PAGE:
Instant Loan Applications, Path to a Debt Trap – The New Indian Express
The Hindi films of yesteryear projected the pawn shops as evil characters, whose sole purpose in life was to torture the righteous hero who is unable to repay the loan his father took. A little later, they said that bank loans were not available to everyone, so poor villagers were trapped by lenders. When I wanted a business loan, I realized that banks only lend against collateral. I wondered if it was easier and cheaper to sell the asset and buy it again when you can afford it.
With the liberalization of the economy in the 90s came the credit card culture that taught us to spend now and pay later. The interest rates have been mentioned in fine print so you can easily miss them. Then came the Easy Wage Class Loans, which allowed us to instantly buy the dream car, house, and gadgets. People assumed steady growth in wages and continued to take out loans. The recession was rarely budgeted for. Slowly the nasty stories of harassment from loan collectors began to reach our ears. We ignored them thinking it wouldn’t happen to us.
The latest applications in this area are instant loan applications. They offer unsecured short-term loans at exceptionally high rates, access your private data over the phone before aggressive and sometimes abusive follow-ups. In addition to the processing and subscription fees, the land interest rate can be over 80% per year. There are stories of a loan of a few thousand dollars turning into a liability for lakhs, obviously beyond the reach of anyone borrowing small amounts, even leading some to suicide. Recently, Google Play Store removed a number of these apps that offer loans with repayment of less than 60 days. It could contain the problem for now and the regulations would fill in some loopholes, but the problem will come back again and again in new forms. RBI warnings are rarely accessible to the general public.
Mechanisms for loan collection are also evolving with technology. Ecommerce platforms amaze you to buy this smartphone which is definitely out of your reach, on easy NDEs. You buy and payment reminders prompt you every time you use your favorite feature on the phone. If you fail to pay on time, your phone may be totally blocked. The worst part is when you end up buying a used phone that was bought on EMI by the seller and end up paying for the remaining EMI. It’s like a digital block of your life: you can’t get in touch with anyone, no transaction, and no one can reach you. There are times when the threat is to embarrass you by letting all your contacts know about your outstanding loan.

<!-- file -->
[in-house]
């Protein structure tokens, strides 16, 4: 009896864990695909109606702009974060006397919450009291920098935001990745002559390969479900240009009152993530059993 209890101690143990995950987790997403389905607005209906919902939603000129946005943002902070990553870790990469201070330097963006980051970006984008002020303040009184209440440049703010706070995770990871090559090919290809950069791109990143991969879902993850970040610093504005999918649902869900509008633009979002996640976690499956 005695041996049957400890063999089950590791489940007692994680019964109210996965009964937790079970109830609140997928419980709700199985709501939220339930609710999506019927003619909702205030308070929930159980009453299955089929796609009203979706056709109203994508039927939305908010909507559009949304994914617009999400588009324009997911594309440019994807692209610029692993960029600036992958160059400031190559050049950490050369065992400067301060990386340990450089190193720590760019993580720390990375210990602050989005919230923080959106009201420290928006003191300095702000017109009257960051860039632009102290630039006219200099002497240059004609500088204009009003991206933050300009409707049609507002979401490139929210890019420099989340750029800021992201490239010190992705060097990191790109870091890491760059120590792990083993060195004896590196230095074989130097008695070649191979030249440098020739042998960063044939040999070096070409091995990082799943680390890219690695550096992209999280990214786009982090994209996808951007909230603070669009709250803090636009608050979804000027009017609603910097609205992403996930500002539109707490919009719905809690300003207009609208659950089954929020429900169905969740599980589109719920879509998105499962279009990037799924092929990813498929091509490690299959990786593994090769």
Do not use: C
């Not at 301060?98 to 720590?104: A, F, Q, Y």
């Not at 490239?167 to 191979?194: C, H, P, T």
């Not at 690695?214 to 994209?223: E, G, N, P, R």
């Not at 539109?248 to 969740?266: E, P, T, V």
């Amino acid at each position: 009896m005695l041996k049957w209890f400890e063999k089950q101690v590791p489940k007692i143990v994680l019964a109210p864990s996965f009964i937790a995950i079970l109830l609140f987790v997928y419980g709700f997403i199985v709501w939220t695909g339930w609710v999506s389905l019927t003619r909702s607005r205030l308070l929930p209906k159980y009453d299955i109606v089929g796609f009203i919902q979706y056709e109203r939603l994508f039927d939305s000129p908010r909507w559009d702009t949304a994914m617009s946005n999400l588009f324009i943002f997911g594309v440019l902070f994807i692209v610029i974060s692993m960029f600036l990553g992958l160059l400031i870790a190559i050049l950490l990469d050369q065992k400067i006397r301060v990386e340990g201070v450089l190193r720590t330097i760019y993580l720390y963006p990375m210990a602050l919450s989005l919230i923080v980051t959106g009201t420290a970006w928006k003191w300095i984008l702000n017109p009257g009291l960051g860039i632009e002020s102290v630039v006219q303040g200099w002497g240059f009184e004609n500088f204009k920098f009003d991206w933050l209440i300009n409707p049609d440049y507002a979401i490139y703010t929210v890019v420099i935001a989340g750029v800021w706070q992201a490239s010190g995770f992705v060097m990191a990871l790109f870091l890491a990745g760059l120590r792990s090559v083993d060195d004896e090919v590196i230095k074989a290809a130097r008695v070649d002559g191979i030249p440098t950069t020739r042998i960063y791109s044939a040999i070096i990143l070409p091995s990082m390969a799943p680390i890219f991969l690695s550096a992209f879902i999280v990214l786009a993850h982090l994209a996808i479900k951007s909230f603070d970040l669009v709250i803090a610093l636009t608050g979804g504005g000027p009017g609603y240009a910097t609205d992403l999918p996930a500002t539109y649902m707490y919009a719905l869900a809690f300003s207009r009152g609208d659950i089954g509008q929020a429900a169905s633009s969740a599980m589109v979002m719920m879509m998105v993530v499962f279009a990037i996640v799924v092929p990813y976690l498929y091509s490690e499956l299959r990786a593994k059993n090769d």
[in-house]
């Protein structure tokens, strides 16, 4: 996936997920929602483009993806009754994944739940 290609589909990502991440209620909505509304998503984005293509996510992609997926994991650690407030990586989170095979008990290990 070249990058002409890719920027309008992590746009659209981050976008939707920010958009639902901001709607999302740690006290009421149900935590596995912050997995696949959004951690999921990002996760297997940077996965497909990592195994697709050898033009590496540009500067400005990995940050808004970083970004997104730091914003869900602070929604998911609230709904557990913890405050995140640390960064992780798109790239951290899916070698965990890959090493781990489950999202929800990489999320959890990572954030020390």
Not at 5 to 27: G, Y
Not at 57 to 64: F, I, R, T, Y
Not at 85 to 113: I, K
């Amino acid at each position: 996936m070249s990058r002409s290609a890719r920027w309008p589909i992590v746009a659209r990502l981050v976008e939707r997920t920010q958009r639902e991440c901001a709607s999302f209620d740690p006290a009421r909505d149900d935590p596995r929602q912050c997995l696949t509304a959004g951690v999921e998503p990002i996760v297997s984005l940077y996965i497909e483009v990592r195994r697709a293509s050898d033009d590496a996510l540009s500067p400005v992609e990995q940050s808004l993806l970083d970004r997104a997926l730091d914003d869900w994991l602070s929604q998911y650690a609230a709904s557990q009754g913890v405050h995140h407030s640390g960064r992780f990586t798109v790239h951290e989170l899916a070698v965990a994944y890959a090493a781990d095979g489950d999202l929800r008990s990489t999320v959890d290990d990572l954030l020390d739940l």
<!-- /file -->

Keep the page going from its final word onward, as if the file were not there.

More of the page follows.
There are millions of ads and infomercials across all kinds of media and ecommerce platforms that make me overspend and buy the luxuries that I can probably live without. No one tells me to read the fine print, understand interest calculations, and minimize risk. No regulator is telling lenders to specify the net landed price in bold that one will end up paying. Are loan collectors and digital threat tactics legal? We do not know. No one teaches us how to calculate the cost of a loan which, besides the amount of interest, also includes our peace of mind, respect and dignity.
We cannot cut the loans; they have been around since the earliest days of human civilization. But we can certainly be much more judicious about them. Taking a loan for education or building a property like a house or for emergencies is understandable, but luxury loans help the lender more than the borrower. The real loser is the person at the bottom of the pyramid. The biggest defaulters continue to lead their luxurious lives outside the country as their lawyers engage in court. No recovery agent or phone blocker software will ever harass them.
No NGO, to my knowledge, works to educate us to avoid building a life on loans. While there are mandatory declarations for mutual funds and other investments like stocks, there are hardly any for the lending ecosystem. Can the government oblige to mention the total amount to be paid in replacement of the loan in a single figure in bold signed by both parties? Can they put an upper limit on the annual interest rates that can be charged? Can these applications require an awareness test before sanctioning a loan? Can the terms and conditions be prescribed in local languages since most documents exist in English from now on?
More importantly, can schools teach children about the dangers of life through perpetual loans? Can parents dissuade their children from taking out too many loans too soon?
As my grandmother used to say, don’t look at the thief when he steals, watch him when he is beaten for theft. Don’t look at the momentary joy that a loan can bring you, think of the misery it can bring in the long run.
The writer is author and founder of a blogging website IndiTales
She can be contacted on Twitter: @anuradhagoyal